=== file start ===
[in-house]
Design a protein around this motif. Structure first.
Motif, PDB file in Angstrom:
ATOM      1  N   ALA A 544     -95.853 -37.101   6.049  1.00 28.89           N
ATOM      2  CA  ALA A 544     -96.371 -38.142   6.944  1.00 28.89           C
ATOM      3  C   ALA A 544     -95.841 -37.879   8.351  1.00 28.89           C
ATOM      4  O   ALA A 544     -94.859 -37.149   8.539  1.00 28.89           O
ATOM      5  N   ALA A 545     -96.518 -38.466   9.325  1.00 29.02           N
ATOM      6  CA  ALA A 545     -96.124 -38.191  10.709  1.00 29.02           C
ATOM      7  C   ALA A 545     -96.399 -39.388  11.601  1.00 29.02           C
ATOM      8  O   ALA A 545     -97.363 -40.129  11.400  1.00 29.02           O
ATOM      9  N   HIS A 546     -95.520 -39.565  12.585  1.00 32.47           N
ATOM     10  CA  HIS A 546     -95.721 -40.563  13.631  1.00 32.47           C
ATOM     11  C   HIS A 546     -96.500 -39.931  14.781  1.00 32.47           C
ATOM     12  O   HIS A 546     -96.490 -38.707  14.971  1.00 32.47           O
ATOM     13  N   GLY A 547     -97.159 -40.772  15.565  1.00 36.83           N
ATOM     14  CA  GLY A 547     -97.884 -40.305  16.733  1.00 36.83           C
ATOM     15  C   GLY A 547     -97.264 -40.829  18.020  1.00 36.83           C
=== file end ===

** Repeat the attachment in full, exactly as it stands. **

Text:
[in-house]
Design a protein around this motif. Structure first.
Motif, PDB file in Angstrom:
ATOM      1  N   ALA A 544     -95.853 -37.101   6.049  1.00 28.89           N
ATOM      2  CA  ALA A 544     -96.371 -38.142   6.944  1.00 28.89           C
ATOM      3  C   ALA A 544     -95.841 -37.879   8.351  1.00 28.89           C
ATOM      4  O   ALA A 544     -94.859 -37.149   8.539  1.00 28.89           O
ATOM      5  N   ALA A 545     -96.518 -38.466   9.325  1.00 29.02           N
ATOM      6  CA  ALA A 545     -96.124 -38.191  10.709  1.00 29.02           C
ATOM      7  C   ALA A 545     -96.399 -39.388  11.601  1.00 29.02           C
ATOM      8  O   ALA A 545     -97.363 -40.129  11.400  1.00 29.02           O
ATOM      9  N   HIS A 546     -95.520 -39.565  12.585  1.00 32.47           N
ATOM     10  CA  HIS A 546     -95.721 -40.563  13.631  1.00 32.47           C
ATOM     11  C   HIS A 546     -96.500 -39.931  14.781  1.00 32.47           C
ATOM     12  O   HIS A 546     -96.490 -38.707  14.971  1.00 32.47           O
ATOM     13  N   GLY A 547     -97.159 -40.772  15.565  1.00 36.83           N
ATOM     14  CA  GLY A 547     -97.884 -40.305  16.733  1.00 36.83           C
ATOM     15  C   GLY A 547     -97.264 -40.829  18.020  1.00 36.83           C